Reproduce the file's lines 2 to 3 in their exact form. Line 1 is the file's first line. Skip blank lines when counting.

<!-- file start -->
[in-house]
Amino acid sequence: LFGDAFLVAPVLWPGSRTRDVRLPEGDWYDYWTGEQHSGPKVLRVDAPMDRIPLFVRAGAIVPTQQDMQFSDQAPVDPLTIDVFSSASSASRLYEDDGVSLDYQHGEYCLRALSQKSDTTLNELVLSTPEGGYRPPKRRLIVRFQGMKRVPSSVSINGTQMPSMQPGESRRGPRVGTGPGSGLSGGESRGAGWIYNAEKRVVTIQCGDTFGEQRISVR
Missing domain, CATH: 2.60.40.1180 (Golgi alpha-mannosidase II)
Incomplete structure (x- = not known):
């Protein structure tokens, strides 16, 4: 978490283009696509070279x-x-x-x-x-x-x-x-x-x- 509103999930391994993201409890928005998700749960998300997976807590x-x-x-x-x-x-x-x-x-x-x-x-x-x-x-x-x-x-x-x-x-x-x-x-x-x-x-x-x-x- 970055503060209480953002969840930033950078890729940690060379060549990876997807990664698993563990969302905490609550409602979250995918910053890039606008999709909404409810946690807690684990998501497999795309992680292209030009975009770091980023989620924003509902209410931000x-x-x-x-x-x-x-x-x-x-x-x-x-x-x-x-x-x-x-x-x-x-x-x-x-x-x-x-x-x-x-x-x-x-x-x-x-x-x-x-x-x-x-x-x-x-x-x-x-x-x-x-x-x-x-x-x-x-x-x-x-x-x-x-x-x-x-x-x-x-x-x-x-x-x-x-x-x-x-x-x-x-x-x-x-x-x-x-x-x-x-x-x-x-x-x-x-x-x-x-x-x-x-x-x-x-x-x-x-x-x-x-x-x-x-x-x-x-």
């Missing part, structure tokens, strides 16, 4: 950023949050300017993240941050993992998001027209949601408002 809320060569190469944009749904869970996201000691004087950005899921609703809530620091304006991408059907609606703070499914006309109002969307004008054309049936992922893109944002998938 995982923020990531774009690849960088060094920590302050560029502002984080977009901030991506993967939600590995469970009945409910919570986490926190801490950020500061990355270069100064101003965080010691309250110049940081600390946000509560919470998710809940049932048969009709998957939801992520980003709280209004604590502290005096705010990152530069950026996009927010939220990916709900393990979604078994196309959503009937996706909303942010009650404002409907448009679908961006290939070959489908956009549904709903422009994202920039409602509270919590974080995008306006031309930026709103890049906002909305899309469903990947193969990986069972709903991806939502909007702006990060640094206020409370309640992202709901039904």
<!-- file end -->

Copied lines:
Amino acid sequence: LFGDAFLVAPVLWPGSRTRDVRLPEGDWYDYWTGEQHSGPKVLRVDAPMDRIPLFVRAGAIVPTQQDMQFSDQAPVDPLTIDVFSSASSASRLYEDDGVSLDYQHGEYCLRALSQKSDTTLNELVLSTPEGGYRPPKRRLIVRFQGMKRVPSSVSINGTQMPSMQPGESRRGPRVGTGPGSGLSGGESRGAGWIYNAEKRVVTIQCGDTFGEQRISVR
Missing domain, CATH: 2.60.40.1180 (Golgi alpha-mannosidase II)